Morimoto Castella/Kasutera

Previously, on tastingmenu.wordpress.com –

* https://tastingmenu.wordpress.com/2011/01/12/morimoto-nyc-3/

Recently, my wife started reminiscing about an offering from Iron Chef Morimoto’s NYC restaurant.  That item, from the omakase menu was the castella that was served during the nigiri course.   As it turns out, it’s also offered on the nigiri portion of the dinner menu at the restaurant.  After one of omakase meals, Omae-san graciously sent home with us a small package of the castella for my wife (since she became a big fan of that item); when my mother tried it, the offering made a fan of it as well!

The ingredient list for the castella turned out to be:

Syrup –
1/4 c sake
3/4 c sugar

sake for the syrup

3/4 c of sugar

start of the syrup

sake syrup just about done

combine both ingredients in a small heavy sauce pan and heat to dissolve the sugar

completed sake syrup

1/2 lb peeled deviened shrimp

10-12 U16-U20 shrimp, peeled, deveined and cleaned

puree the shrimp in a food processor/blender until completely smooth

loaded up shrimp

pureed shrimp

pureed shrimp ready for the castella mixture

16 eggs
Separate 16 eggs into the 16 yolks and 12 egg whites, reserving 4 yolks for some other application

Separated yolks and whites

2 T milk
2 T cream

Here, as per Martha Stewart, I read this as 4 T of half-and-half

milk and cream…half and half

2 T flour

flour for the castella

So basically, I needed to make  (1) a sake syrup, then (2) separated eggs, (3) beat the whites to lighten the

starting up on the egg whites

finished whipped egg whites (yes, I hand whipped 12 whites!)

mixture, (4) combine the shrimp puree with the egg yolks, half-and-half and (5) carefully incorporate the hot

Adding the pureed shrimp to the beaten eggs

…Adding the half and half…

Adding the sake syrup

syrup (in a thin gradual stream).  Once that was all done,I would have to ‘dust’ and blend in the flour and

dusting in the flour

then fold in the whipped whites with a whisk while trying not to deflate the mixture.

Adding in the whipped whites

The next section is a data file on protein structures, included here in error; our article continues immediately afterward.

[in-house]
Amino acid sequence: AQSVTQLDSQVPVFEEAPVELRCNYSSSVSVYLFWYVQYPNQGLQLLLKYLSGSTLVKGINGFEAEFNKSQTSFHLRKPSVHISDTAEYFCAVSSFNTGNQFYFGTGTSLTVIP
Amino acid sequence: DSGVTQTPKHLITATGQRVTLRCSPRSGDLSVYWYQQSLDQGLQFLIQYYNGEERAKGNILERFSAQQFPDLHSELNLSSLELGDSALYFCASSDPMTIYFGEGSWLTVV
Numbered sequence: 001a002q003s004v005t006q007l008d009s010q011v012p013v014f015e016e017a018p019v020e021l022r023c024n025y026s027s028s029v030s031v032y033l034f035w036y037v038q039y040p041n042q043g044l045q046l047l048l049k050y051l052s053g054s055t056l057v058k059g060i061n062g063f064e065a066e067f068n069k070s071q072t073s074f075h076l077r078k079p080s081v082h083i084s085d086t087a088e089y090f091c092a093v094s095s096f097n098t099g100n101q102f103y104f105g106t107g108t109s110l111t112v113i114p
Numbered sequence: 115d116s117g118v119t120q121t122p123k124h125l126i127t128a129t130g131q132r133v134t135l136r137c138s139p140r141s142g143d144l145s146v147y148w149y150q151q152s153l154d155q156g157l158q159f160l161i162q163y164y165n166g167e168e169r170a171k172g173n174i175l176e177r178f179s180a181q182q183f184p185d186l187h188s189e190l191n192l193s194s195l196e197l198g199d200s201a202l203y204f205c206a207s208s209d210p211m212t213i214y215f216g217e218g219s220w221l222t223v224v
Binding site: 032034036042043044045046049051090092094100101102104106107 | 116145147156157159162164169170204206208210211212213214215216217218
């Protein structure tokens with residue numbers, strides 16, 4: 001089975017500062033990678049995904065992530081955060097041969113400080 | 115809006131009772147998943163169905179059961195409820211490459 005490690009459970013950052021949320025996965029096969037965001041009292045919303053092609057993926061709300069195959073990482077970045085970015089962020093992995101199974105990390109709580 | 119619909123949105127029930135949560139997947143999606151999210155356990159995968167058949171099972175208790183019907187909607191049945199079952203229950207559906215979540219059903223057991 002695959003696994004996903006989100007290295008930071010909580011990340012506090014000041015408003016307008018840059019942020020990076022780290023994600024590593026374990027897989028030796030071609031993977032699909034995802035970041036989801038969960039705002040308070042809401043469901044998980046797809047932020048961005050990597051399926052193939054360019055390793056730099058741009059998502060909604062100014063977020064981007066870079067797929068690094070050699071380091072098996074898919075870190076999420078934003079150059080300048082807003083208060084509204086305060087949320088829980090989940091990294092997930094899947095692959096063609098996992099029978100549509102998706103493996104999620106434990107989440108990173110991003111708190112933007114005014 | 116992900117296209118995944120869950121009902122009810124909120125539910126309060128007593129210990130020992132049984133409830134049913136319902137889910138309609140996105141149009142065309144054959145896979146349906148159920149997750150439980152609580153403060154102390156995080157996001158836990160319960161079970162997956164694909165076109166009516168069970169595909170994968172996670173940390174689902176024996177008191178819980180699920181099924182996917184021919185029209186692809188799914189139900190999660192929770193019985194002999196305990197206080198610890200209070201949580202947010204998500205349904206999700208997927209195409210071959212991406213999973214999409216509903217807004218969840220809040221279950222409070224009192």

The cooking step would be to get the mixture into 9″ x 13″ greased/oiled baking pan and popping into a

Folding the egg whites to the mixture

 

loading a grapeseed oil greased non-stick 9″x13″ baking pan

ready for the 350 F degree oven

preheated 350 F degree oven for about 30 minutes.  Doneness testing would be to stick in a metal skewer to

looks like it’s done!

see if it would come out clean.

the castella looks good and the metal skewer came out clean!

As far as the skewer test went, it came out clean and the castella was still plenty hot, so I let it sit to cool to room temperature.  I unmolded the castella by putting a cutting board on flipping it upside down.  It looked ok, but not the nice golden brown I was expecting on the other side; but I figured that was ok, per se.

castella turned (flipped) out on a cutting board after sitting for about 15 minutes

When the castella seemed to be about room temperature, I cut a slice to look inside and split the cut into

a view to a cut

three “sashimi” pieces.  It looked ok, but it was pretty clear the whipped egg whites had separated out a little

…somebody wanted to sample right away!

bit. Still, my wife was excited and wanted to taste test it right away. The flavors were very close to what we remember of the castella at the restaurant.  The next time I make this, I’m certain I could make a microbatch half portion. One of the things I noticed from this attempt was that it seemed the whipped egg whites separated from the overall mixture. So I imagine I would have to incorporate the whipped egg whites a bit more to incorporate it more thoroughly with the mixture base even though it might deflate the mixture more than intended.

One final observation: after chilling the castella in the refridgerator for a few hours and tasting a few more cut samples, the castella flavors really seemed to meld and really seemed to taste like the offering from the restaurant.  My wife is still asking me if it would be possible to reduce the amount of sugar and shrimp in the dish.  I suppose that something the next time I make a microbatch.  I might also touch base with Omae-san at Morimoto NYC to see if there were any ‘adjustments’ that were made to the recipe since the book came out.

Perhaps as part of my holiday tasting menu ‘rice course’, I could include two pieces per person as part of a ‘nigiri’ offering.

 

 

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